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Annapolis: The good and bad

Here's our take on 10 good things that happened during the 90-day General Assembly session, which concluded on Monday, and 10 bad things.

Good:

•Sex offender laws. Thanks in no small part to the appeal Monday by Jennifer Foxwell, the mother of kidnap and murder victim Sarah Foxwell, the General Assembly passed a package of sex offender reforms that will increase penalties and make Maryland's sex offender registry more effective. We'll never know if these laws could have saved Sarah, but they should help make Maryland's children safer.

•Distracted driving. After more than a decade of attempts, the legislature finally outlawed the use of hand-held cell phones while driving. Many of us use our cell phones while we drive even though we know it's dangerous; the new law will prompt many to quit. However, the legislature bungled an attempt to expand the ban on texting while driving to include reading texts while driving, which seemed like a no-brainer.

•The short-term budget. State revenues appear to have stabilized, and Gov. Martin O'Malley and the legislature enacted enough cuts to keep the budget balanced this year without raising taxes. The state's AAA bond rating is secure, and it appears possible that we won't have to endure the kinds of wrenching midyear budget cuts that we did last year.

•Updated child support guidelines. Maryland's guidelines for how much it costs to raise a child, the basis for judges' decisions on how much child support to require, hadn't been updated in 22 years, and they were based on data that were even older. That meant that custodial parents were effectively picking up a larger share of the costs to raise the children than was fair.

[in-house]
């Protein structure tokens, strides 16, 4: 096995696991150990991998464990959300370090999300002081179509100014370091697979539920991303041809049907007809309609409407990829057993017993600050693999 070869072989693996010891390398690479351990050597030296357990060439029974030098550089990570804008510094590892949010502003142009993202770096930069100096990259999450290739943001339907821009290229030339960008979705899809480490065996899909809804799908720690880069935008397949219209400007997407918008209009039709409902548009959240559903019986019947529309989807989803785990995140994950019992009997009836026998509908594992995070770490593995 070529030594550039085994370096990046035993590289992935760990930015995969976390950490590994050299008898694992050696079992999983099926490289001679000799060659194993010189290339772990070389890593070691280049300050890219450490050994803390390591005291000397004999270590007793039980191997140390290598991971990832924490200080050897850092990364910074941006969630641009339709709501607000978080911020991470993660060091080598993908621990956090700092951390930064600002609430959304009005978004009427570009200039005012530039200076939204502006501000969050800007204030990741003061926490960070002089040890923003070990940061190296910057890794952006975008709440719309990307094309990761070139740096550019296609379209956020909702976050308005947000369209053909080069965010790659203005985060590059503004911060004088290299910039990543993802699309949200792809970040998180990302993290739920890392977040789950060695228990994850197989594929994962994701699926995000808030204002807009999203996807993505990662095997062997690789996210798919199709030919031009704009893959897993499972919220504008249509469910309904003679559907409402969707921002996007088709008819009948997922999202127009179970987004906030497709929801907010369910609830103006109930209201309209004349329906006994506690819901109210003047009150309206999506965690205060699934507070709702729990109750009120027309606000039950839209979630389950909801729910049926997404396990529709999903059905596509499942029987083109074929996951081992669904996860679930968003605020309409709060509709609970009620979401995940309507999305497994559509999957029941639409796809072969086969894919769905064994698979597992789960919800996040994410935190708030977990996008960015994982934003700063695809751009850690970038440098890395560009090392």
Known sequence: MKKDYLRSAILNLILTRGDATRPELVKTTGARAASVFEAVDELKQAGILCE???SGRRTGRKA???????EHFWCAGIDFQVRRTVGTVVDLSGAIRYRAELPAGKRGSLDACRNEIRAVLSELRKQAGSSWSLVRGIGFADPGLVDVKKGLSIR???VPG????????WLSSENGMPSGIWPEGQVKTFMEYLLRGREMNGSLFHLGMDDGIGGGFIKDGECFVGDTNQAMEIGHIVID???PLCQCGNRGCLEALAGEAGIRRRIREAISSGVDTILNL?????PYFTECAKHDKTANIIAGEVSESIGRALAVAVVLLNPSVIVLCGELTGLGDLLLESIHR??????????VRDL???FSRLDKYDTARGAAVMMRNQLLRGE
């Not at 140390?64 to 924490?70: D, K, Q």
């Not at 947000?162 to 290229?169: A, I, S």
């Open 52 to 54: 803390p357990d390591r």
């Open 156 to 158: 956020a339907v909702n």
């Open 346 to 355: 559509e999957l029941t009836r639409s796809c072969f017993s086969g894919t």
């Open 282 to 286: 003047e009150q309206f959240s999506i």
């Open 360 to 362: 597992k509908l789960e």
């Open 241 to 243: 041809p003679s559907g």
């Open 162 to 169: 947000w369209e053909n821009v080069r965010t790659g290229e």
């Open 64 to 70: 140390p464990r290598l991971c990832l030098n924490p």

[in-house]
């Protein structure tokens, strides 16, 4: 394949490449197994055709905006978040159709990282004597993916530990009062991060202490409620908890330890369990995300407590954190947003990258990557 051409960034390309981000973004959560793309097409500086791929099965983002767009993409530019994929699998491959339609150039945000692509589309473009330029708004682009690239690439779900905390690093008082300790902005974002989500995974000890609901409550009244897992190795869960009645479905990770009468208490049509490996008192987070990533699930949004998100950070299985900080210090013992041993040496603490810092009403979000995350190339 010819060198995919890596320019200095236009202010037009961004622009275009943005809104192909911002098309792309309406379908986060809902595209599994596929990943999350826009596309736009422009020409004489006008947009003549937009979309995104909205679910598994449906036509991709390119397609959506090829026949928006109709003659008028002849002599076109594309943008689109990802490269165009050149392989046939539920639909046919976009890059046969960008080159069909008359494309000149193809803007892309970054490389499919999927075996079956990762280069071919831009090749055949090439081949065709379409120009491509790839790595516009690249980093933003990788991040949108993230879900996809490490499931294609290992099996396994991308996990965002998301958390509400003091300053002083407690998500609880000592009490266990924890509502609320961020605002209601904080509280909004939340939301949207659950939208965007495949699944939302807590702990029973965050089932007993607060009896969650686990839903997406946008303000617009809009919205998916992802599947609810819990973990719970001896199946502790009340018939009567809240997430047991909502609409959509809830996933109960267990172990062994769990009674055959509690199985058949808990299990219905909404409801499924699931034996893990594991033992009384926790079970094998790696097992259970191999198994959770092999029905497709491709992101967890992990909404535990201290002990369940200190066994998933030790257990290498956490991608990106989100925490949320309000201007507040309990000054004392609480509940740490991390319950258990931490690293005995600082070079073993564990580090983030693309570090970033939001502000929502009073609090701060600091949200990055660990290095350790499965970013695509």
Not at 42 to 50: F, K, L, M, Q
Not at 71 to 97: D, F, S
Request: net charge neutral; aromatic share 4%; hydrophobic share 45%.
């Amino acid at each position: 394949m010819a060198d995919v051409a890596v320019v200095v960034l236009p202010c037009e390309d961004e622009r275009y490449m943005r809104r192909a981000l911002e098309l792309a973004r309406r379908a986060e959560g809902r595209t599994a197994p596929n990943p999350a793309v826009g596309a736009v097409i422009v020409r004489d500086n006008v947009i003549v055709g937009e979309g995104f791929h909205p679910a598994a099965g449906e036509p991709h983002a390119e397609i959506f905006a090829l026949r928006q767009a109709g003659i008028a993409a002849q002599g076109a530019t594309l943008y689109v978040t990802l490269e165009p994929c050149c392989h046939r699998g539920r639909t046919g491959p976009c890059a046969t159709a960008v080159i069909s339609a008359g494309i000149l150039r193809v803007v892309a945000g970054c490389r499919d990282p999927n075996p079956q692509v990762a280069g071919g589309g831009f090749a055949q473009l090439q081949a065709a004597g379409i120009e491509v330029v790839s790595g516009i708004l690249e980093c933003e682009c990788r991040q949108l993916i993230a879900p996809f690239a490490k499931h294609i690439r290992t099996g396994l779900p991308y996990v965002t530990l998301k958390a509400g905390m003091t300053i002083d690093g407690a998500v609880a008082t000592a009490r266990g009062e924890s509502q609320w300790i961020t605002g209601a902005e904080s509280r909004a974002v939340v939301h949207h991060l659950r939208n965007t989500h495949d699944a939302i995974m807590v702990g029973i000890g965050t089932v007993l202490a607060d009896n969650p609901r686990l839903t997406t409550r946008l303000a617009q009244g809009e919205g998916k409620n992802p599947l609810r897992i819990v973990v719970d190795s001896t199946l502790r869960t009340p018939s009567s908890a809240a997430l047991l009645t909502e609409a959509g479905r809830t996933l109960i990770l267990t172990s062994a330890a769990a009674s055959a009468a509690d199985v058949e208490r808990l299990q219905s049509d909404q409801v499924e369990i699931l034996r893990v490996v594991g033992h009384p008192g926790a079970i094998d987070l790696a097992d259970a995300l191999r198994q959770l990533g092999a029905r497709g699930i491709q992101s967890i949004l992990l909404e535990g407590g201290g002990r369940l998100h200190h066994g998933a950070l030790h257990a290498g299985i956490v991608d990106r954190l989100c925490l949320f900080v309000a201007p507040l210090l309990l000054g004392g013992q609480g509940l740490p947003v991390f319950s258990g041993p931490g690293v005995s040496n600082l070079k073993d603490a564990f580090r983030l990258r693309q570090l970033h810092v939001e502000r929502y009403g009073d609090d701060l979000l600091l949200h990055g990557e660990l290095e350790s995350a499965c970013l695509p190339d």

•Gangs. New laws will encourage schools and the police to share information about kids who become active in gangs and will give teeth to an ineffective 2007 law that was meant to target gang leaders and increase sentences for gang members convicted of some crimes.

•Foreclosure mediation. Gov. Martin O'Malley's effort this year to stem the foreclosure crisis in Maryland goes beyond just requiring mediation between borrowers and lenders before the process can be completed. Perhaps the most important element of the bill requires lenders to file an affidavit before foreclosure certifying that alternatives, such as loan modification and short sales, have been tried first. The experience of other states suggests the program won't end the foreclosure crisis, but it will help.

Medicaid fraud. The General Assembly finally passed Governor O'Malley's bill to encourage whistle-blowers with knowledge of Medicaid fraud to come forward. Analysts expect the state could recoup $20 million a year as a result. The effort is particularly important with the planned expansion of Medicaid from the federal health care reform law.

•Unemployment insurance. The O'Malley administration, legislators and business groups worked out a compromise plan to modernize Maryland's unemployment insurance system, making the state eligible for more than $120 million in federal aid.

•Recognizing gay marriages. Attorney General Douglas F. Gansler issued an opinion this year that Maryland should recognize same-sex marriages performed in states where they are legal. The legislature turned down an effort to overrule him and one to impeach him.

•Tuition. College and university tuition will go up in Maryland for the first time in four years, but only by 3 percent. Given the budget crunch the state faces, that's a significant accomplishment and has made higher education more affordable for thousands.

Bad